Angkor Whaaaaaat?!

After a brief stopover in Bangkok we continued our journey through SE Asia, heading out to Cambodia; 3 countries in as many days is not bad going.

Crossing overland between neighbouring SE Asian countries is the most common way for budget travellers to move about. From Bangkok we boarded a bus heading to Aranya Prathet, a border town where we were able to sign out of Thailand and walk into Cambodia. Easy enough, you just have to accept that some borders are not without their underhand dealings; in order for a Cambodia visa, alongside the $30 fee the officials wanted an extra 100 Baht (£2), just “because”.

12 hours after leaving Bangkok we arrived in Siem Reap, the closest town to Angkor Wat. Within the next hour we had jettisoned our heavy luggage at a guesthouse, and were tucking into tasty Khmer curry washed down with a well deserved Angkor beer!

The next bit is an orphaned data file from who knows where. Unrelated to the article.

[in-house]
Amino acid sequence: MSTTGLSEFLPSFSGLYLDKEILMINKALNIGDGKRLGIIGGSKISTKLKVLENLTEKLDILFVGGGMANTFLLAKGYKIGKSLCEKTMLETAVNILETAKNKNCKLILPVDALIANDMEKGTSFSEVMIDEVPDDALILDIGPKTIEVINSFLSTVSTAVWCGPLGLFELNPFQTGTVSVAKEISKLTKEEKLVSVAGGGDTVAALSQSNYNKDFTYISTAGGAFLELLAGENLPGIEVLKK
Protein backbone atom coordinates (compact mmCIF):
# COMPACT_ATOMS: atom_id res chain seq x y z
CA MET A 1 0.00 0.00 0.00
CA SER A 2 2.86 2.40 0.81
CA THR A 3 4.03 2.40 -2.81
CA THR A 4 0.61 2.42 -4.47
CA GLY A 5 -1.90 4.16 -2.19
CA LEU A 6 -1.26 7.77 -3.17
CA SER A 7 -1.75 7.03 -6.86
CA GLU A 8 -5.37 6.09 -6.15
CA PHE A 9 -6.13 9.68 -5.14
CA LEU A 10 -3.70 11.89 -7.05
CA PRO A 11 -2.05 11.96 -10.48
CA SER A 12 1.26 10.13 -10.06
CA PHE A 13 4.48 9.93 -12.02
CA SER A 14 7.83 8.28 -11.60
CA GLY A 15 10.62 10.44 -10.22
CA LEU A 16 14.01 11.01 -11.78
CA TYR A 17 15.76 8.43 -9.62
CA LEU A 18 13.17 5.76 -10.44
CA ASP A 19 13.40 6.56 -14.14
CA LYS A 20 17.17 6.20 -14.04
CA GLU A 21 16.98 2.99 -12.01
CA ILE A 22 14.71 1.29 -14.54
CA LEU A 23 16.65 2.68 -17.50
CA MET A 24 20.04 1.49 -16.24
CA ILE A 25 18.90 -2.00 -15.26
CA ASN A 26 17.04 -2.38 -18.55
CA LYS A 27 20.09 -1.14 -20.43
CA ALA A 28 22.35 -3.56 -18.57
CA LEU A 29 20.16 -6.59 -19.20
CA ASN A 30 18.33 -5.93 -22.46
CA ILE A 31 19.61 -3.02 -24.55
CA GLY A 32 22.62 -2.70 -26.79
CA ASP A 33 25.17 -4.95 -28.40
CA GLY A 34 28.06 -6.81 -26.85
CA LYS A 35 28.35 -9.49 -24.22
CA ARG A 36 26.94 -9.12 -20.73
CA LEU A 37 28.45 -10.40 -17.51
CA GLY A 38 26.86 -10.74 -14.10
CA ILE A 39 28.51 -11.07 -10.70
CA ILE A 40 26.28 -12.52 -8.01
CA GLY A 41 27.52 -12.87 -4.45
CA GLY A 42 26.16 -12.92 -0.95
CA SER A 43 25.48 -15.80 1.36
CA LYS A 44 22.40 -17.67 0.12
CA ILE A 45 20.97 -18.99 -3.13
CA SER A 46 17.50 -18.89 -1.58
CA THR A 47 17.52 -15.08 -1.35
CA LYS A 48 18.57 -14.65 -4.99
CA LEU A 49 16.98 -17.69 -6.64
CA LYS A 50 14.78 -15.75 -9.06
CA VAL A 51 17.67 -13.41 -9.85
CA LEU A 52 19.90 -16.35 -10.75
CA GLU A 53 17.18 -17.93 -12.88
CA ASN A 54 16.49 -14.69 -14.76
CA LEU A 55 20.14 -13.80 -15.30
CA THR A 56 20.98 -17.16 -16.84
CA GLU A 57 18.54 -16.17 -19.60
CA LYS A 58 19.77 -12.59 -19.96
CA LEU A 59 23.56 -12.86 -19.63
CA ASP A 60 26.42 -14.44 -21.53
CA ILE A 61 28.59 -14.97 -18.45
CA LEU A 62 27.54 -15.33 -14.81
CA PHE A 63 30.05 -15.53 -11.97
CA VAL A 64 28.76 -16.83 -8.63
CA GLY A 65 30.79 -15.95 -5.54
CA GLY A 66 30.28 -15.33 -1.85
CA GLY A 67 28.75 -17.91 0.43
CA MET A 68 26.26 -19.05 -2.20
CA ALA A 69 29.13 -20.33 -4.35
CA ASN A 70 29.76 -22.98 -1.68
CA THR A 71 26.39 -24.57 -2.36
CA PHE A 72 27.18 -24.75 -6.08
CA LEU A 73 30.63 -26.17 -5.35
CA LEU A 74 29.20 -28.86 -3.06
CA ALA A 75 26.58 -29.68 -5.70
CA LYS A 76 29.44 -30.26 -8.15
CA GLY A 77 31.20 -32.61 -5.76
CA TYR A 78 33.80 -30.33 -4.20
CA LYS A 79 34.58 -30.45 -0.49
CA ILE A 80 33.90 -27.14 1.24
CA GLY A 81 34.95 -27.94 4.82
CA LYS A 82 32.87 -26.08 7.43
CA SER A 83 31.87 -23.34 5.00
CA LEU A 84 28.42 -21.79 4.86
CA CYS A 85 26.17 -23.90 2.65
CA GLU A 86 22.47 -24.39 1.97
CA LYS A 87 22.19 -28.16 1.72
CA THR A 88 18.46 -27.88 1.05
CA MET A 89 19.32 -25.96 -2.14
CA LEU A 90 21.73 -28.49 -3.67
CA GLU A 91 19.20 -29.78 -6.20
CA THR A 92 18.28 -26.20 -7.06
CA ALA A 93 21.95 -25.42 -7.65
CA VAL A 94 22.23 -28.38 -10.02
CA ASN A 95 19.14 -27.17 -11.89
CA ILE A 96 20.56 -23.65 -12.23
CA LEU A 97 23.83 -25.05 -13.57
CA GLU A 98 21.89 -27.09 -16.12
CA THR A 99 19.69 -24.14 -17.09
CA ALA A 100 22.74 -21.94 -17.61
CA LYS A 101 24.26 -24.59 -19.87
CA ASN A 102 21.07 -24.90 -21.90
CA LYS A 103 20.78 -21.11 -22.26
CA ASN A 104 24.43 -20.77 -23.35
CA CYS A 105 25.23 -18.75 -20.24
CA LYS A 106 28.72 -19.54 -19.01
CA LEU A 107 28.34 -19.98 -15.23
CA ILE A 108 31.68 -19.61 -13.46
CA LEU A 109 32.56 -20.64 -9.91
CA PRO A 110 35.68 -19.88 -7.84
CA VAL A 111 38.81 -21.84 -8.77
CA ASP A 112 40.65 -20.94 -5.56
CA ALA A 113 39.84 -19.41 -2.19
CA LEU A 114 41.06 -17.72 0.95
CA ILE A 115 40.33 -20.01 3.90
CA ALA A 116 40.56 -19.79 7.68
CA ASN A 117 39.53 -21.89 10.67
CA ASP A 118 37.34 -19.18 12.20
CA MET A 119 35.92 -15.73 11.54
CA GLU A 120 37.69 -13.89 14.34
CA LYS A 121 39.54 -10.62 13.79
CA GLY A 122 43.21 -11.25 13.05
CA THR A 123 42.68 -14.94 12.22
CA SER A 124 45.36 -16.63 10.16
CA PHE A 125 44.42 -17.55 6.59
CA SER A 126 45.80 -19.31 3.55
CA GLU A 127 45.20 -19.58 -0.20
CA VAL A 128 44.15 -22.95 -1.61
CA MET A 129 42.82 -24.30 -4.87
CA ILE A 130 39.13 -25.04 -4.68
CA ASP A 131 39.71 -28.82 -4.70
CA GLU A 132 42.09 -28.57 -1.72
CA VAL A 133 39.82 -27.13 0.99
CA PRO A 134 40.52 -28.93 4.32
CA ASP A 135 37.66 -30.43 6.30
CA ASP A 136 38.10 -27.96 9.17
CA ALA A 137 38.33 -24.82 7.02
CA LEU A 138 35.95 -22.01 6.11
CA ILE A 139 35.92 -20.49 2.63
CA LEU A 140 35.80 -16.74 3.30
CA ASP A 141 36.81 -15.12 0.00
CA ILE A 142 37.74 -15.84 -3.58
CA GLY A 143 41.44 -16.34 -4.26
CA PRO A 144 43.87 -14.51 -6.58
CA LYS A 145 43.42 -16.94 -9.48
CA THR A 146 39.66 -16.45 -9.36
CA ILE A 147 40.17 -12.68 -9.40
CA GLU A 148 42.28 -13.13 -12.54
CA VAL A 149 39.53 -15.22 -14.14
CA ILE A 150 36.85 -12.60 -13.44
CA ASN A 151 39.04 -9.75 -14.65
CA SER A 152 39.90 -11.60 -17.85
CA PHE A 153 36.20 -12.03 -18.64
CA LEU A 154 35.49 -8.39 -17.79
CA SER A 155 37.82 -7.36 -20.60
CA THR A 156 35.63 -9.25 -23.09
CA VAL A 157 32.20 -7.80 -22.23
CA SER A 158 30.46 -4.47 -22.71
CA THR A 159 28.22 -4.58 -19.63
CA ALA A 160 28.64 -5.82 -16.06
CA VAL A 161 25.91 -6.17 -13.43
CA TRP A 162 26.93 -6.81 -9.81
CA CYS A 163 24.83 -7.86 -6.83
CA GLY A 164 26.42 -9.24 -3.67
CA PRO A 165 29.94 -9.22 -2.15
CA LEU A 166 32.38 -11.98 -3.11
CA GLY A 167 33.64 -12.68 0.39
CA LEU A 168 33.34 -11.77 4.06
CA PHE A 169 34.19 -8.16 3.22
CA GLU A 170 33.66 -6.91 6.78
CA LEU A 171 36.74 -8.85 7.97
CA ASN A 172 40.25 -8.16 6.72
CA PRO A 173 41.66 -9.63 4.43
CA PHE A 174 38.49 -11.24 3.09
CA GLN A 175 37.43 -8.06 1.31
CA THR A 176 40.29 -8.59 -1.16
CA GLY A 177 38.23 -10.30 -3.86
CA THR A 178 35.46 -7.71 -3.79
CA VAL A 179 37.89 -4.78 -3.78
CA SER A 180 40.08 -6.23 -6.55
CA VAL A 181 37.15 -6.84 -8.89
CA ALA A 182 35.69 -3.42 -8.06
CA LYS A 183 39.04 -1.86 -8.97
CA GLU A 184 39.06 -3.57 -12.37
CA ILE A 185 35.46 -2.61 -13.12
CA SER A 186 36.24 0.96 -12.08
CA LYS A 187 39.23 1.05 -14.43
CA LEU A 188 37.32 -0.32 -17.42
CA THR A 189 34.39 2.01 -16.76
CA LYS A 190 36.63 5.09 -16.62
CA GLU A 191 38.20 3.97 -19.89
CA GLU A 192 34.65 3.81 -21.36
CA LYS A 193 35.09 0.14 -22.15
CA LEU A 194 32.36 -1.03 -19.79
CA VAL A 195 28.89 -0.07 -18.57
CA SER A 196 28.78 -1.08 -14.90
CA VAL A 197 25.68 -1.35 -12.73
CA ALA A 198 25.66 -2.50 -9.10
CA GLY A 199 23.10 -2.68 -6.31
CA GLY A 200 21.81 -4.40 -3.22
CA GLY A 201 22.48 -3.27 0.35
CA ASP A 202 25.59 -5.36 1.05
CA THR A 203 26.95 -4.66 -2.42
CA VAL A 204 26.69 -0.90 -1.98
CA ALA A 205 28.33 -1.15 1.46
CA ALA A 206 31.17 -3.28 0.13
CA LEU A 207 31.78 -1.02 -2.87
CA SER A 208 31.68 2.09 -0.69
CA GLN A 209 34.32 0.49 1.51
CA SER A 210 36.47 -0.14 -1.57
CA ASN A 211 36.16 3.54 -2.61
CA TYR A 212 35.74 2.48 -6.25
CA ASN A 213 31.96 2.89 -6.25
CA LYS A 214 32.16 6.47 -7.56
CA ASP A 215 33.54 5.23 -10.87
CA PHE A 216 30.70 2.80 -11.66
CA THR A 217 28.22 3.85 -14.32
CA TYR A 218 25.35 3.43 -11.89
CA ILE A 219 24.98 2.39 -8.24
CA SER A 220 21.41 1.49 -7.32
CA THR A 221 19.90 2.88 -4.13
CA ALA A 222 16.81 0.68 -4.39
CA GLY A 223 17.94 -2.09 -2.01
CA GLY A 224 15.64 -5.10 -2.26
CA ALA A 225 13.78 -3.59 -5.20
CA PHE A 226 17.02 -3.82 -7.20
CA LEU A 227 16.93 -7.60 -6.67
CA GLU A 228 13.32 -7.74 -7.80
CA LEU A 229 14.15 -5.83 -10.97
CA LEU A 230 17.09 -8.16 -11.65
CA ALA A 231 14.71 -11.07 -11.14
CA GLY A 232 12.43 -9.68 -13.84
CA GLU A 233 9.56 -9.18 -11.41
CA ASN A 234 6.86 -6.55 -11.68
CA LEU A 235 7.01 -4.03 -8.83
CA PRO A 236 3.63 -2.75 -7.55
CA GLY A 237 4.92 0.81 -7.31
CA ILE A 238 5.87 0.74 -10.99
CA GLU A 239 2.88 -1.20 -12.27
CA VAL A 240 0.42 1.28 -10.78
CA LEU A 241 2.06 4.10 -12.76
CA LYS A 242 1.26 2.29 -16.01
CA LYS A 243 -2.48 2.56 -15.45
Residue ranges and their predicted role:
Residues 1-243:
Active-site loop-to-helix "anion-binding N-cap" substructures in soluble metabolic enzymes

Siem Reap is the hub which supplies the tourists that visit Angkor, and the town itself is nothing like anything we have experienced so far. Amongst the usual market stalls selling trinkets and souvenirs you can also find many western establishments like Costa Coffee and the Hard Rock Cafe. Most restaurants also cater to westerners, selling pizza, pasta and baguettes – fortunately it doesn’t take too much to find local food, you just have to walk in the opposite direction to the crowds.

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The unspoilt gem that is Siem Reap

The temples of Angkor are situated 7km from Siem Reap and so are easily accessible by bicycle. Entry to the complex is by ticket, and you either buy a 1 day, 3 day or weekly pass. In order to see the whole area in a relaxed manner we opted to spread out our visit over three consecutive days; getting up early, cycling to the area and spending most of the morning exploring. By lunchtime we found ourselves culturally saturated and would return to Siem Reap, ready for a hit of fried noodles or rice.

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Cycle tourists